Another thing to consider: Borrowers who are well into a 30-year mortgage should try to shorten the term of the new mortgage when they refinance, if they can afford to do so and plan to stay put, said David Edwards, the president of Heron Wealth, an independent wealth advisory firm in New York. “If you have 20 years left on your 30-year mortgage, and you roll into another 30-year, you’re going to hit retirement still paying,” he said. “Go into a 15-year mortgage and cough up the higher payments now.”
Sanjay Tillu, 52, thought along those lines when refinancing a house he owns as a rental investment in Secaucus, N.J., where he lives in another home with his wife, Manisha Batra, and their 7- and 11-year-old sons. He bought the house in 2004, financing it with a 30-year fixed-rate mortgage at 5.25 percent, then refinancing into a 30-year mortgage at 4.5 percent about five years later. (If it had been his primary residence, he might have gotten a better rate, but lenders typically charge slightly higher rates on investment properties.)
Now, working with Mr. Prom of HomeBridge Financial Services, Mr. Tillu, the chief financial officer for an importer and manufacturer of home goods, is refinancing into a 15-year loan at the far better rate of 3.37 percent. “I may pay $150 to $200 more a month, but because the property is fetching me good revenue, I don’t mind,” said Mr. Tillu, who is hoping to close on the loan in the next week or so. “With John’s help, I’m saving a lot in interest and cutting down the number of years.”
He estimates that it will take him five or six years to cover his closing costs, but that’s fine, he said, because he has no intention of selling.
Homeowners who have been dragging their feet about refinancing still have time to act. Ms. Lantz, of Zillow, predicts that rates will likely stay below 4 percent for the remainder of the year. And according to the most recent consumer credit access survey by the Federal Reserve Bank of New York, the rejection rate on refinance applications has dropped in the last year, indicating that credit is easier to get. However, that trend may be reversing: As of June, 17.3 percent of consumers surveyed said they had been rejected for refinancing at some point in the last year, compared with 9.7 percent in February.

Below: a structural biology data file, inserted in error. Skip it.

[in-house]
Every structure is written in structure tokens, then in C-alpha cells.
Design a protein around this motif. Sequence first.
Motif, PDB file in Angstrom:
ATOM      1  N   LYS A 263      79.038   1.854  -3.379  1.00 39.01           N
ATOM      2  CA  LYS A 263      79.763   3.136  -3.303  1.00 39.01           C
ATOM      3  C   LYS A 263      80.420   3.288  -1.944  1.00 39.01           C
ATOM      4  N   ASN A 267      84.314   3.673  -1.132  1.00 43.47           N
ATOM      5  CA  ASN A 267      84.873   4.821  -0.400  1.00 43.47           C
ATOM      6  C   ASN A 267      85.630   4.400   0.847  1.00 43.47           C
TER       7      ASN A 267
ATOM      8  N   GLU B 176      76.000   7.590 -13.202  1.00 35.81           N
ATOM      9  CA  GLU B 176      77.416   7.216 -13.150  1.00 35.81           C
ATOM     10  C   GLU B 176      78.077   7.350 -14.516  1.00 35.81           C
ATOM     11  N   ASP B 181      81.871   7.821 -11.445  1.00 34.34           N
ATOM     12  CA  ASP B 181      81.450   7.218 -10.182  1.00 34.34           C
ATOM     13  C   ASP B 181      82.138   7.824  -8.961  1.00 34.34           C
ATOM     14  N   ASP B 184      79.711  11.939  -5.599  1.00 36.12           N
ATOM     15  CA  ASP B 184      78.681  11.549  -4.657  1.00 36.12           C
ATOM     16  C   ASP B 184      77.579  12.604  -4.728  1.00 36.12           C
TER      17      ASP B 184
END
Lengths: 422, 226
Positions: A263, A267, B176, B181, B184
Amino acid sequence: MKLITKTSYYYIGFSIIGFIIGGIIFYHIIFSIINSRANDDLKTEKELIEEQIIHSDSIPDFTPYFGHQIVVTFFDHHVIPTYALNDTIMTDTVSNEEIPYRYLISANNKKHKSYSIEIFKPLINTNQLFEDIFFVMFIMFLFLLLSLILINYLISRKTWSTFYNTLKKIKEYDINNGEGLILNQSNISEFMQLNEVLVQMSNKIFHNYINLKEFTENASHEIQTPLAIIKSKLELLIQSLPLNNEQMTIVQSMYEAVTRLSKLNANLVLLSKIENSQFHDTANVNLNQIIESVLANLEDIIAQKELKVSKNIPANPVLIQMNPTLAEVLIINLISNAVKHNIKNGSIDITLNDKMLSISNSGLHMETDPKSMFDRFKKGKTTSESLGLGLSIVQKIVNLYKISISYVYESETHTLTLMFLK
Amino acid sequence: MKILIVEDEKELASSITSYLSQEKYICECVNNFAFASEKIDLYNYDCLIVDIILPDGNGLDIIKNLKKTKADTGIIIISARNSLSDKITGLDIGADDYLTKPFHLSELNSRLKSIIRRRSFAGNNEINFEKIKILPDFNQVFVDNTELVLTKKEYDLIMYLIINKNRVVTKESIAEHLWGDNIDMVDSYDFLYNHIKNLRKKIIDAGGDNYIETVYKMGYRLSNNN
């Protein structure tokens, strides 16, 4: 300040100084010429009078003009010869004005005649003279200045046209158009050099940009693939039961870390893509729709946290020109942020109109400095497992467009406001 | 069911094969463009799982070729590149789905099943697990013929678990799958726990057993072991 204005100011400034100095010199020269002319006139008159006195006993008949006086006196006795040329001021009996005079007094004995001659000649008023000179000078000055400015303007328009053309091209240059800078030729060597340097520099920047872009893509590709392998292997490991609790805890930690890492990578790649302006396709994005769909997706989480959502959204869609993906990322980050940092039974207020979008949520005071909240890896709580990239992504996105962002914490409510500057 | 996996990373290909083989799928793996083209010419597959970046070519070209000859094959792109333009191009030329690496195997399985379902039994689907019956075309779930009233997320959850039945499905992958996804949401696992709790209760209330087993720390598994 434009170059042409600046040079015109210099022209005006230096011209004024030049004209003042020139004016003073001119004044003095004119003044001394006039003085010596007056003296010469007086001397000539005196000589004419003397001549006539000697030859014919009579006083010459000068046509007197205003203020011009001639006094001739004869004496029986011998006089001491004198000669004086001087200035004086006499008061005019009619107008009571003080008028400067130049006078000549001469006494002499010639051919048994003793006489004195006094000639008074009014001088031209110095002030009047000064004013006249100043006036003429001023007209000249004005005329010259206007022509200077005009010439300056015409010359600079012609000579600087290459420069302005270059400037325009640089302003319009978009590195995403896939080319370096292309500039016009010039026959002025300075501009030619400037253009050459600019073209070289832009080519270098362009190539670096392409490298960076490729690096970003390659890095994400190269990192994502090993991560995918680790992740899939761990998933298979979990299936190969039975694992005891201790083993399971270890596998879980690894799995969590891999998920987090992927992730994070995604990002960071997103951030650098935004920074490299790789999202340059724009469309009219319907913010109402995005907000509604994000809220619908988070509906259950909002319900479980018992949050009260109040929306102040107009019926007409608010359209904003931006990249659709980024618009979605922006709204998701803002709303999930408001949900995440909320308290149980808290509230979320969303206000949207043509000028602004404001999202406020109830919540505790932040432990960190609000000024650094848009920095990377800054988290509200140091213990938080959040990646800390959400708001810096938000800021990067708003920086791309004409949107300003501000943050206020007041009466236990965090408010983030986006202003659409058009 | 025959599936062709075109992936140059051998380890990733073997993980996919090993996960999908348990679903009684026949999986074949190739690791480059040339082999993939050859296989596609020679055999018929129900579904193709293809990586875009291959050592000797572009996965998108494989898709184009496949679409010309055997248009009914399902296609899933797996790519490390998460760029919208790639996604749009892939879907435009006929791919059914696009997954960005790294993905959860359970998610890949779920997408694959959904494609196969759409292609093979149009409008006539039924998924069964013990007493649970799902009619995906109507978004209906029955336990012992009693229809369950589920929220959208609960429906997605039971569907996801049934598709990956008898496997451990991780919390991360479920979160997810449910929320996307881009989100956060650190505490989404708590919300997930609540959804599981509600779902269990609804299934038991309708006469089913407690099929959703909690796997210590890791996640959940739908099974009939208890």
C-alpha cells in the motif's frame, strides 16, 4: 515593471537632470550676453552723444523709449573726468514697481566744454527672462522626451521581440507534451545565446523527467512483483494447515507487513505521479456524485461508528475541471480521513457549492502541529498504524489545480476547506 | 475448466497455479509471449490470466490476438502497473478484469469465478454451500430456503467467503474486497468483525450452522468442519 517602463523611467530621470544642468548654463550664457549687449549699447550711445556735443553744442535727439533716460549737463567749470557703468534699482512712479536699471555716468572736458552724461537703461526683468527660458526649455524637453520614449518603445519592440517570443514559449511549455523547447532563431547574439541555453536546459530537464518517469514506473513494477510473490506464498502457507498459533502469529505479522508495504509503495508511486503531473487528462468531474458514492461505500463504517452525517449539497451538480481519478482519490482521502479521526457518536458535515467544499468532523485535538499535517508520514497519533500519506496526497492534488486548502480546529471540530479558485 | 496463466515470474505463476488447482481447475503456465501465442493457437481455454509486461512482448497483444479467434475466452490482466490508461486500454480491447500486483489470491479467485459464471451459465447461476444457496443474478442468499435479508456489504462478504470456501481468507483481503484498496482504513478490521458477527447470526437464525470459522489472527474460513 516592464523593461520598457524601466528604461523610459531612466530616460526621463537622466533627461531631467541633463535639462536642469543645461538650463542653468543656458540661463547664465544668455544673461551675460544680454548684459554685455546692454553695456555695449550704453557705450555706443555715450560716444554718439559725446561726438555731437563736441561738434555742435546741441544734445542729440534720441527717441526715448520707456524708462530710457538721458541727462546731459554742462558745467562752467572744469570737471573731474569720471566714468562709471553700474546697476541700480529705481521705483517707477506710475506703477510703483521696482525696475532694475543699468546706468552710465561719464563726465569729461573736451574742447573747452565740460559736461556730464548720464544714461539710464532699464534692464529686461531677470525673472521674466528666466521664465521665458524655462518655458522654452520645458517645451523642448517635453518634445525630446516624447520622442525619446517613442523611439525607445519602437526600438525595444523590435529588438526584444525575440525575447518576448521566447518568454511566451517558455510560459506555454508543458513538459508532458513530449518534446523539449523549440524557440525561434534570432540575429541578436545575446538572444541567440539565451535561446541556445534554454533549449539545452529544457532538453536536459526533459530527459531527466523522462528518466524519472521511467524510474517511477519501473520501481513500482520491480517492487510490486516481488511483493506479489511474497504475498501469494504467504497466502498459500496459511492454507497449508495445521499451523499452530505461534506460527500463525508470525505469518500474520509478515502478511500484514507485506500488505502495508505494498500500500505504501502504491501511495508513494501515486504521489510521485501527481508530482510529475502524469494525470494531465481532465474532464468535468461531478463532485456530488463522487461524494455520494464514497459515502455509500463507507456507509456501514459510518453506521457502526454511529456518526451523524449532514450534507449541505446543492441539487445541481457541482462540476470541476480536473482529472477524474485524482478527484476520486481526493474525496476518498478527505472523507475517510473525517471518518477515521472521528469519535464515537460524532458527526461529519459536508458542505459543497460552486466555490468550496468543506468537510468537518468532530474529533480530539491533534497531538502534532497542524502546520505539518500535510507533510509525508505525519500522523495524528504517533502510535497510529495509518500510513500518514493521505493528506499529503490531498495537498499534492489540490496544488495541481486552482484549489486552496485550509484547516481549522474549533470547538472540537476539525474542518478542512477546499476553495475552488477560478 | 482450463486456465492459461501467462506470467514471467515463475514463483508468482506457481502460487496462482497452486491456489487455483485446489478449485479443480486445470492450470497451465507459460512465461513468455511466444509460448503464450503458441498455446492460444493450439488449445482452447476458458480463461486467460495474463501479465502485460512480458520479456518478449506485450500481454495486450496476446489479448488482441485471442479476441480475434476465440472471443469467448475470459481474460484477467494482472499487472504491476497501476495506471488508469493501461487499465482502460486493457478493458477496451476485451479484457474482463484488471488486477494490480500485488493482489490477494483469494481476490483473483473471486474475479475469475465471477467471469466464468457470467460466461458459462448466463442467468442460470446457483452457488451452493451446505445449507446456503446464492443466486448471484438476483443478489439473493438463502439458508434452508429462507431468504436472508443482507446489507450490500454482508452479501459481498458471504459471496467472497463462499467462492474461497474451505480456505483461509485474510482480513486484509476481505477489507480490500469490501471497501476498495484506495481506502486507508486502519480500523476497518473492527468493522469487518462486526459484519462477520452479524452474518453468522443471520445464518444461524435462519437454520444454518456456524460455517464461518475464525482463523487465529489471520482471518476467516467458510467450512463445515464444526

One way or the other, borrowers should be prepared for a rigorous review process. Given the tighter mortgage regulations since the recession and lenders’ fairly conservative underwriting standards, “everything’s much more difficult” than it once was, Mr. Prom said. “The amount of data you need to get people closed is crazy in terms of what’s required.”
Mr. Shnayder, of Citizens Bank, also said that the documentation requirements can go “overboard.” But borrowers can avoid running into problems by seeking out an experienced mortgage professional who will foresee potential pitfalls and work around them, he said.
Mr. Tillu said his lender did require extensive documentation, though he was able to supply it easily in digital format. As for the inconvenience, he regards it as similar to putting up with security checks at the airport. If tighter rules mean a more secure and stable financial system, he said, he’s not going to complain.